As uncertainties grow, the international system is settling into a new normal in which fault lines become notable. The Ukraine issue, which Russia has framed by opposing NATO enlargement, is on its way to becoming a hybrid front in the "new cold war."

It is hybrid because, although there is no hot conflict at the moment, the messages from the relevant actors indicate that one could erupt at any time.

The United States' statements that "Russia could invade Ukraine at any time," as well as Russia's massing of 100,000 troops along the border, indicate that an intense "information warfare" is being waged.

A recent piece of news stated that the Russians were sending blood units to the border. What is meant here is that the war is imminent. This news seems to be part of the information war. In the context of Taiwan, it is critical to answering the questions of whether Russia will invade Ukraine and what such a move would mean for China.

Russia, absolutely wants NATO expansion to halt, and it does not want Ukraine and Georgia to join NATO. He also demands that this be communicated to him in the form of a written commitment.

There is also diplomatic correspondence with the United States, but the contents of the correspondence are unclear.

According to Russian statements, it is difficult to say that the Russian side is satisfied.

In a somewhat perplexing statement, Biden stated that neither the US nor NATO forces planned to deploy to Ukraine. He also stated that if Russia moves, Putin will face consequences.

The US policy toward Ukraine is in shambles.

He is unable to keep up with his European counterparts, and Russia is well aware of this. Germany's approach, in particular, is on a scale that could call NATO's alliance structure into question.

Russia has tactical superiority at this time. If Russia makes a move, the US and its allies appear unlikely to be able to respond in a coordinated response. On the other hand, this situation creates a great deal of uncertainty.

It is possible to predict that Russia will continue to put the United States and its allies to the test. While this argument does not rule out the possibility of a conflict, it sees the Ukraine crisis as an example of a multifaceted hybrid conflict.

Russia's stance on the Ukraine issue suggests that China may take a similar stance on Taiwan.

China is unequivocal on this point. He has long stated that Taiwan will unify with the mainland and that all options, including military ones, are on the table.

The key question here is when this merger will take place and whether it will take place peacefully. While China understandably wishes to unite with Taiwan based on "one country, two systems," Taiwanese political elites pursue an unclear path to independence.

There is broad consensus that the issues in Ukraine and Taiwan issues are very similar. It's only a matter of time before he falls victim to a "reductionist" viewpoint, though he admits that there are some parallels.

The main argument of those who reached a consensus is that failing to respond to military action against Ukraine will erode America's credibility, prompting China to attack Taiwan.

It may appear logical to draw analogies about the Taiwan issue by capitalizing on the Russia-Ukraine crisis and claiming that China could intervene but these analogies require more refined mental effort and proof.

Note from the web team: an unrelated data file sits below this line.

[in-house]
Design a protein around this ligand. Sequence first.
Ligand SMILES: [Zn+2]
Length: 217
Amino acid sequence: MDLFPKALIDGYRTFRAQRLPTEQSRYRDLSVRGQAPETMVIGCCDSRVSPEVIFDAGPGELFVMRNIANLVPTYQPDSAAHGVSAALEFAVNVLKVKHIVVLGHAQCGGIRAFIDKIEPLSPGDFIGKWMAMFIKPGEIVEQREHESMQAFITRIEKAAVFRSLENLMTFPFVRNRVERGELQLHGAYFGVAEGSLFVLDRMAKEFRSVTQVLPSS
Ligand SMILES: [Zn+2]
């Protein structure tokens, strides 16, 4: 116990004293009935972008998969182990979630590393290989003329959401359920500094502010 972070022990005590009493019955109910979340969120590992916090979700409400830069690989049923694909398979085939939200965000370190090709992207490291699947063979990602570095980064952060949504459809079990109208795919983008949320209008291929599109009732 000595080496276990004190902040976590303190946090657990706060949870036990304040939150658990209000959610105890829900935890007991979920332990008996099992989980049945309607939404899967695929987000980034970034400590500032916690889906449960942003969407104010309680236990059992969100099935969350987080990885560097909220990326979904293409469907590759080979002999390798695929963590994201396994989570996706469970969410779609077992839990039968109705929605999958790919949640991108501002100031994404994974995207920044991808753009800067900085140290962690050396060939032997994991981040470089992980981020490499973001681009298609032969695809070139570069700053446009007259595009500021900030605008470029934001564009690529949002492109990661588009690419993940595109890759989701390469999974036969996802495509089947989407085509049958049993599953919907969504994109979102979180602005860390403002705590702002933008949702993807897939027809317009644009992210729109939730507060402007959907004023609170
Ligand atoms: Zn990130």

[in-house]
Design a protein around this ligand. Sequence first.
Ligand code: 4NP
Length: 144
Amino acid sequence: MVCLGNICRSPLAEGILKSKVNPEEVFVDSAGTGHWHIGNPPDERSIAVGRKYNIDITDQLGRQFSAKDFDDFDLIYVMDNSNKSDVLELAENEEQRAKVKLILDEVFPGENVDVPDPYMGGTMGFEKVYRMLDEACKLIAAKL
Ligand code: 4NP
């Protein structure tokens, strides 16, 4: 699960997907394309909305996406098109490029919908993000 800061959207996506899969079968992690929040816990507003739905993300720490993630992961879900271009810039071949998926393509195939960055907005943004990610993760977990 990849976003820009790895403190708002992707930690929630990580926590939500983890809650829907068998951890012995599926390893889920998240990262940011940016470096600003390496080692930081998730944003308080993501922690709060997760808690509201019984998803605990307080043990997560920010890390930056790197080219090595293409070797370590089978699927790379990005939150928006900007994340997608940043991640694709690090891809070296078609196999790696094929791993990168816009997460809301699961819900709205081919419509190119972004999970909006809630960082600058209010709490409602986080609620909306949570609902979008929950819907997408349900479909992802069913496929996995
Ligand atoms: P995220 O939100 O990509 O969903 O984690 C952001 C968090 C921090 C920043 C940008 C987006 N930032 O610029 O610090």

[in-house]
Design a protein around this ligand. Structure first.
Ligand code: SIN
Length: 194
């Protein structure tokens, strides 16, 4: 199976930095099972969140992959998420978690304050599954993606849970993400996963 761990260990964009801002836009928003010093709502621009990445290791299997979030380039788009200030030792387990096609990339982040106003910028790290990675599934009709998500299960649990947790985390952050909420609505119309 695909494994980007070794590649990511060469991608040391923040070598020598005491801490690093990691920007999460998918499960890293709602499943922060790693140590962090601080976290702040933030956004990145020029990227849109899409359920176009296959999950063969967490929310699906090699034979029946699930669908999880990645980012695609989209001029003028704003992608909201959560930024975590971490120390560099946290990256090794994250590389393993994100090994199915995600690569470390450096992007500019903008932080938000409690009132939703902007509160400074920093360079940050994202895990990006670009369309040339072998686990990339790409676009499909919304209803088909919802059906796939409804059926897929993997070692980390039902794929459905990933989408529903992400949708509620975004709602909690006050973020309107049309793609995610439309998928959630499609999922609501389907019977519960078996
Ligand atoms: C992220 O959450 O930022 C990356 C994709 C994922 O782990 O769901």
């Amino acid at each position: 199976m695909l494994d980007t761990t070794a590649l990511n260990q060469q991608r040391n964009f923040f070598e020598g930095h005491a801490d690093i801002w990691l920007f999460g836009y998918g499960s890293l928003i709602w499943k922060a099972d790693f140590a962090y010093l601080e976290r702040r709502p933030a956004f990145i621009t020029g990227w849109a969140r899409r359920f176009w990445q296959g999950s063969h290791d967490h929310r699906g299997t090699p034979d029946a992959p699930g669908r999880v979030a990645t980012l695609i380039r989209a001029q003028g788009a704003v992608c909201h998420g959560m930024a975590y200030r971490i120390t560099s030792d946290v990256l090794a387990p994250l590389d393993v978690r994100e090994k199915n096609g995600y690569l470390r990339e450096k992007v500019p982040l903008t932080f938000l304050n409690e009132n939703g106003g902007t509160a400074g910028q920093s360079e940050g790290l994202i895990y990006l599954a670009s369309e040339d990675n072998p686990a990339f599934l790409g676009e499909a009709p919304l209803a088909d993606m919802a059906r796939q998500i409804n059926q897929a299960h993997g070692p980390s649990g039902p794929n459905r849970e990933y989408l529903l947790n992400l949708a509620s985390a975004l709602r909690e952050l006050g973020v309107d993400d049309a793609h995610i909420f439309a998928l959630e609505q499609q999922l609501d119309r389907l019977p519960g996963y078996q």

At this point, the continuation of the status quo is the best option for all actors involved. This is supported by findings and strategic approaches. There may be evidence to the contrary, but it must be tested before used an argument.

China has the military capability to invade Taiwan. This may appear to be a simple task, but the reaction of the United States and its allies, as well as the subsequent blockade that China will face in every field, will cost China dearly. China will wait for the best opportunity for such a venture.

The United States has a different plan for Taiwan. It makes some commitments to Taiwan, for example, through legislation such as the Taiwan Relations Act. It operates under the principle of strategic uncertainty, but this does not preclude it from acting.

Given that the US military presence in the Indo-Pacific region accounts for more than 60% of the total, predicting what the US will do about Taiwan may be difficult. The United States may try to put China in a difficult position by opting for a total blockade rather than a military move

It would be "hegemonic suicide" for the US to give a joint response to crises that may arise concurrently in Ukraine and Taiwan and fight on both fronts.

As a result, he is more likely to take a different approach to crises. His concern about acting in concert with his allies is always front and centre.

In a conclusion, a hybrid conflict that envisions maintaining the status quo rather than a hot conflict on both fronts will intensify. The US will not embark on an adventure without first securing and fortifying its allies and China and Russia will postpone large-scale military options until they can form a more coordinated partnership.

"History," as Weber puts it, "is the relationship between values." During the current period, the value system established and reinforced by the cold war over the years is being questioned and transformed. The confusion within NATO, as well as the intensifying relations between China and Russia, demonstrate that history has once again changed course.

It is a mystery how the United States, as a power whose hegemony is eroding, will respond to such a shift. Time will tell whether he will make decisions such as Xerxes' order for the sea to be lashed as punishment or if he will make more rational moves.

Dr.Hüseyin Korkmaz. The author is a researcher focusing on China and geopolitics in the Asia, primarily related to the US-China relations.